Rescaling Environmental Governance – the Influence of European Transnational Cooperation Initiatives


  • Dominic Stead

    Corresponding author
    1. Delft University of Technology, the Netherlands
    • Correspondence to: Dominic Stead, Delft University of Technology, Faculty of Architecture and the Built Environment, PO Box 5030, 2600GA Delft, The Netherlands.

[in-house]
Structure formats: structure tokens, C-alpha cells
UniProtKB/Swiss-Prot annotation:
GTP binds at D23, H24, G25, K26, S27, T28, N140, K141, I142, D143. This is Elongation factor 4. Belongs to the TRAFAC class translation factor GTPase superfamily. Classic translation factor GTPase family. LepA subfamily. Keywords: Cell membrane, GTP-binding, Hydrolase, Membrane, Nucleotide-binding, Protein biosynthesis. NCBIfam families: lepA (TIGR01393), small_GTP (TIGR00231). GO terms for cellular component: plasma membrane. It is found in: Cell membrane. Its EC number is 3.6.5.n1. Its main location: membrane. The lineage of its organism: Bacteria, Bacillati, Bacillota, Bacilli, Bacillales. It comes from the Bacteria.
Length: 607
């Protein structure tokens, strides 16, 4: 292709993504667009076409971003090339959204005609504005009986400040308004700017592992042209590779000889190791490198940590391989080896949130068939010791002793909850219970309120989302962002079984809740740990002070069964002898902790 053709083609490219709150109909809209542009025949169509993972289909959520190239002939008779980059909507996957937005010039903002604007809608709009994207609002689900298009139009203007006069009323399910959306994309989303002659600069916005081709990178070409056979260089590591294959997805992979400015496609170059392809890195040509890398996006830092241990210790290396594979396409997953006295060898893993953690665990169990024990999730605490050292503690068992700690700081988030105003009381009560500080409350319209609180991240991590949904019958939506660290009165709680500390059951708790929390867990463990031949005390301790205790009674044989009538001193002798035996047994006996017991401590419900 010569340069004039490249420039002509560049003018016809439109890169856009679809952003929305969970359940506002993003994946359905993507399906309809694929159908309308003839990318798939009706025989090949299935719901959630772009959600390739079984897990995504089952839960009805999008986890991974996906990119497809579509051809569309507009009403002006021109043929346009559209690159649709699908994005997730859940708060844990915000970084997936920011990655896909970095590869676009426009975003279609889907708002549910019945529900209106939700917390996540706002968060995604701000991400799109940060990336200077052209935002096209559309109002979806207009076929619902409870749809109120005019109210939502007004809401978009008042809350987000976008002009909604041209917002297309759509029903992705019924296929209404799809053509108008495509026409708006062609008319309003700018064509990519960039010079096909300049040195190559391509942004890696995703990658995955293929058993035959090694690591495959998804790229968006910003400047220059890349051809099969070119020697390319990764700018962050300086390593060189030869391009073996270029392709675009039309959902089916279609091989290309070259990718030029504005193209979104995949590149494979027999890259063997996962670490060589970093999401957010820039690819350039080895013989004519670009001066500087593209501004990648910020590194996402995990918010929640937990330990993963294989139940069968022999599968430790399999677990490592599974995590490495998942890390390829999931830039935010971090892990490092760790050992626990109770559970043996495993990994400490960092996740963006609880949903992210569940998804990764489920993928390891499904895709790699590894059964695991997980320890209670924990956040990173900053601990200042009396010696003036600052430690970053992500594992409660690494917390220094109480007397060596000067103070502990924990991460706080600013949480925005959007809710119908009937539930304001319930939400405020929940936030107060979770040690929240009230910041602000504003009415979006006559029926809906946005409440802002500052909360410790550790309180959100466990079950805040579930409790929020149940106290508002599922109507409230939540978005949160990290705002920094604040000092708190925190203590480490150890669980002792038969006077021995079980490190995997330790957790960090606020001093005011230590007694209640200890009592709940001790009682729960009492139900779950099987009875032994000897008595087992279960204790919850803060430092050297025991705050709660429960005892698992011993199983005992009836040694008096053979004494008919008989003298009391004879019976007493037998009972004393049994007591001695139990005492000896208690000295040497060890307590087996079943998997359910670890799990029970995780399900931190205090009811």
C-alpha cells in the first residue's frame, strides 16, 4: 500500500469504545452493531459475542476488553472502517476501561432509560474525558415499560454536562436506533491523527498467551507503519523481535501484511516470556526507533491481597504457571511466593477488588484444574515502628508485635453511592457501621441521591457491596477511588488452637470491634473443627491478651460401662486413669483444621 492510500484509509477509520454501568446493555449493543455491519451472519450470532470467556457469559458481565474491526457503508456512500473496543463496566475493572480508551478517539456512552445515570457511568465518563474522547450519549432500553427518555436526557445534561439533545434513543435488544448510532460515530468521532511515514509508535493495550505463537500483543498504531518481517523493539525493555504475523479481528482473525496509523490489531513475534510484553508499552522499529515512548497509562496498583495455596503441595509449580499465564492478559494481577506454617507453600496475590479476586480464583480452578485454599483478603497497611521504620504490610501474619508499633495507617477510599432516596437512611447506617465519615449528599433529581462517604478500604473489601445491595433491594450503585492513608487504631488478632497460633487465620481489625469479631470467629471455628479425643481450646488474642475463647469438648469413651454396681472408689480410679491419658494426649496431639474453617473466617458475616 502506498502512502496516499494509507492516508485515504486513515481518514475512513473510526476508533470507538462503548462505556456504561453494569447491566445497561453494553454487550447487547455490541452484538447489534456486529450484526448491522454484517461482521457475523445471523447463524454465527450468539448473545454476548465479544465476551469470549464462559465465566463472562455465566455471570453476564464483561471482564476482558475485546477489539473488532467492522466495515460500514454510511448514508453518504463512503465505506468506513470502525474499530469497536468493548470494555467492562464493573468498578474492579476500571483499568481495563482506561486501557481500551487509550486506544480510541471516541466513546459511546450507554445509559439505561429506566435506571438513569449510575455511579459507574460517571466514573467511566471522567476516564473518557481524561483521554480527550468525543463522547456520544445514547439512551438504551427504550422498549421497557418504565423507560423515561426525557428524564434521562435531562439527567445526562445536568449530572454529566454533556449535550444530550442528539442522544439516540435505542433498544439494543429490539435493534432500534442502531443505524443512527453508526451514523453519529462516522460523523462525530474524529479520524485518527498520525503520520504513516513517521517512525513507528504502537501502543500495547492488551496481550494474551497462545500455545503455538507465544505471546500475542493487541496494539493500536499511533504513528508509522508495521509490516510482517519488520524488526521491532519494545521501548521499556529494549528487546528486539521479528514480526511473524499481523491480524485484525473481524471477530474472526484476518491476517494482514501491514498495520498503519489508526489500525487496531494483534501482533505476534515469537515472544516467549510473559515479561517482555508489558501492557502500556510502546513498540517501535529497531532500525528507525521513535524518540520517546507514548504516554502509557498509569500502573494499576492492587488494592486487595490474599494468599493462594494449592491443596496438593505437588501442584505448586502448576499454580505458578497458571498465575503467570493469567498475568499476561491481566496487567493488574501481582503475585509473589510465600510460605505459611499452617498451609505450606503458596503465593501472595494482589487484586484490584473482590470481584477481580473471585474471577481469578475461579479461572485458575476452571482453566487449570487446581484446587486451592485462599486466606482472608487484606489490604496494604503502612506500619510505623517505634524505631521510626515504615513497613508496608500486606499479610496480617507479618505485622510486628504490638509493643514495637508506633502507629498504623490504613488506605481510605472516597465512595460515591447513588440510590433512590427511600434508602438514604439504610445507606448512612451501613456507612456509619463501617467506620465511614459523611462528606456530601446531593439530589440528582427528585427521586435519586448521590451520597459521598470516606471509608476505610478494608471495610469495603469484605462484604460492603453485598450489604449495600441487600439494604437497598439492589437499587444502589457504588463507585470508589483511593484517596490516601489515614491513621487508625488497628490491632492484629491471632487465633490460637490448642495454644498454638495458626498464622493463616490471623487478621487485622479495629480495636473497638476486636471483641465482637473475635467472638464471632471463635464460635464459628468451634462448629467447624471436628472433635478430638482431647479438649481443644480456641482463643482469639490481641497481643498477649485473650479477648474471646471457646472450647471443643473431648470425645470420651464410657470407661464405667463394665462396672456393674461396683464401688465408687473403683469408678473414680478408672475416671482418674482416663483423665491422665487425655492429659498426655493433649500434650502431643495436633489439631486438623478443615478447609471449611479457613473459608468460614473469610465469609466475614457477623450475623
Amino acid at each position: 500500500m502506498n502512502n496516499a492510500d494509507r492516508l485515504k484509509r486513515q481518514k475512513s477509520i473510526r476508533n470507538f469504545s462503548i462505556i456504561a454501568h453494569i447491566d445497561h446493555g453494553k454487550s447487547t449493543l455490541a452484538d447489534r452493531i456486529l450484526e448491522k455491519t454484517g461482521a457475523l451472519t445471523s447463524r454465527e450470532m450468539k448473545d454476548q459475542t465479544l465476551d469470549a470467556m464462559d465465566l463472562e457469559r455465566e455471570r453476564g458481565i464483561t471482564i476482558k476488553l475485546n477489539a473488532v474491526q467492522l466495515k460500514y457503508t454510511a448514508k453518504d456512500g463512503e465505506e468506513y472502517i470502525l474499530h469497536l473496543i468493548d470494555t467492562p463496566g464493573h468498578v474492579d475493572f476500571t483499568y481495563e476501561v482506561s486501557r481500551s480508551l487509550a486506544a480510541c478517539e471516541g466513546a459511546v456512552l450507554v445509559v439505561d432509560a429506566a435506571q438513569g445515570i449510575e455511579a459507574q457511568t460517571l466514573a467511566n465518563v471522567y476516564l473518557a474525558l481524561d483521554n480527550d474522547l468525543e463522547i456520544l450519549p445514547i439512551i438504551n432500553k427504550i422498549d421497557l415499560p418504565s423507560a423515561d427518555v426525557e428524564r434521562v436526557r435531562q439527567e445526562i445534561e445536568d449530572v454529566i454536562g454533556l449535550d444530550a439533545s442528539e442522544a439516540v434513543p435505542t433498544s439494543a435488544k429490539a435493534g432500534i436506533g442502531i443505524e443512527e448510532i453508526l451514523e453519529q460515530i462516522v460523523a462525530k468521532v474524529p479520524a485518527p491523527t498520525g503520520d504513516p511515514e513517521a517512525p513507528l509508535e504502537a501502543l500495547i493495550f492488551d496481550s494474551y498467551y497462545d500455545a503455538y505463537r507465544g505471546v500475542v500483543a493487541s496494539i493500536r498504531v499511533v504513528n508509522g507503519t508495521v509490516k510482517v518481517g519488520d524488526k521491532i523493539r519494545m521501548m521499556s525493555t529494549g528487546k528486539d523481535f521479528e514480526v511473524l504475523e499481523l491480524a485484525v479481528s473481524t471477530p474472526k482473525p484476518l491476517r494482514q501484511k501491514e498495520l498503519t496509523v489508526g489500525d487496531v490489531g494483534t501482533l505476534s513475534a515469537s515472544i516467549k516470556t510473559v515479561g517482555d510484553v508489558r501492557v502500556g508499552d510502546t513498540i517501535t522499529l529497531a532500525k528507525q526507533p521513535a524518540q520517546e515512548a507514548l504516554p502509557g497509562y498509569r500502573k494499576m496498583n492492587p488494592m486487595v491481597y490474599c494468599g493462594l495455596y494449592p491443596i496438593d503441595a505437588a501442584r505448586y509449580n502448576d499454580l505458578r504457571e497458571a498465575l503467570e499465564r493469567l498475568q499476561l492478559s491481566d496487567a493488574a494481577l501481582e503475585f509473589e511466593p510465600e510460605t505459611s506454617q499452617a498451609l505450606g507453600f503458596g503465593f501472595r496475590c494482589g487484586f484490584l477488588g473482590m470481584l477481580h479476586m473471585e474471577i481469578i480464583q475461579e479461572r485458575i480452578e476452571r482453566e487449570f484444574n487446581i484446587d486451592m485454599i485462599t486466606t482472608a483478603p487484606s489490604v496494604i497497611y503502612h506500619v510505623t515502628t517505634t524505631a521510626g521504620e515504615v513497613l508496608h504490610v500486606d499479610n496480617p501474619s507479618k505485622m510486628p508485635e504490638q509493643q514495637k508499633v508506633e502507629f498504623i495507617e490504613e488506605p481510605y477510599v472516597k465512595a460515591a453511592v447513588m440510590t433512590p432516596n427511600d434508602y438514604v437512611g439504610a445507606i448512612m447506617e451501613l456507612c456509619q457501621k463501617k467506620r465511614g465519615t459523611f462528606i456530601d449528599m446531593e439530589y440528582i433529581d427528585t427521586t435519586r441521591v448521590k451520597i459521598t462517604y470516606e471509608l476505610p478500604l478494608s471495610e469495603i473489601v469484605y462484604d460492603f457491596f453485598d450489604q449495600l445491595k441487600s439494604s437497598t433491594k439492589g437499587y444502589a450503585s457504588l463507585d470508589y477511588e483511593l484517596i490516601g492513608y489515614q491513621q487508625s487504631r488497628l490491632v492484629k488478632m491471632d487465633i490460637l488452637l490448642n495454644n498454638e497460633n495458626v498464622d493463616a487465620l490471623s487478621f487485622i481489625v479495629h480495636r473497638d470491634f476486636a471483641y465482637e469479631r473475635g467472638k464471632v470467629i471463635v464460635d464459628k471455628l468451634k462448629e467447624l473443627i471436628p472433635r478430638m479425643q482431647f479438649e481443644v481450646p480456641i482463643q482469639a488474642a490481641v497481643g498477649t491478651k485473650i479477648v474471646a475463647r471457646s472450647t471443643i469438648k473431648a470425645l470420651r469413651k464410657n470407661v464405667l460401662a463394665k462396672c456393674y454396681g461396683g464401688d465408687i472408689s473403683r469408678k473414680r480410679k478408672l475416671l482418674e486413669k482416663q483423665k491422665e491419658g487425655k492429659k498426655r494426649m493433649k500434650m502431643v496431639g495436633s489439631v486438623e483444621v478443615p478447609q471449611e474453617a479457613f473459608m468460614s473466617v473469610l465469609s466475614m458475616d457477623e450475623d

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The increasing transboundary nature of many environmental problems has not only elevated the importance of international environmental governance it has also contributed to shifts in the scales at which these problems are addressed and at which environmental programmes are implemented. The result is that environmental governance is experiencing rescaling which often involves a combination of changes including shifts in powers to other layers of decision-making, the emergence of new scales of policy intervention and alternative forms of intervention, and the appearance of new actor constellations. The emergence of ‘soft’ policy and programming spaces – multi-area sub-regions in which strategy is being made between or alongside formal institutions and decision-making processes – is another phenomena associated with rescaling. This paper charts the rescaling of environmental governance in part of Europe – the Baltic Sea Region (BSR) – and examines the influence of European macro-regional cooperation initiatives on the changing nature of environmental governance in the region. Copyright © 2014 John Wiley & Sons, Ltd and ERP Environment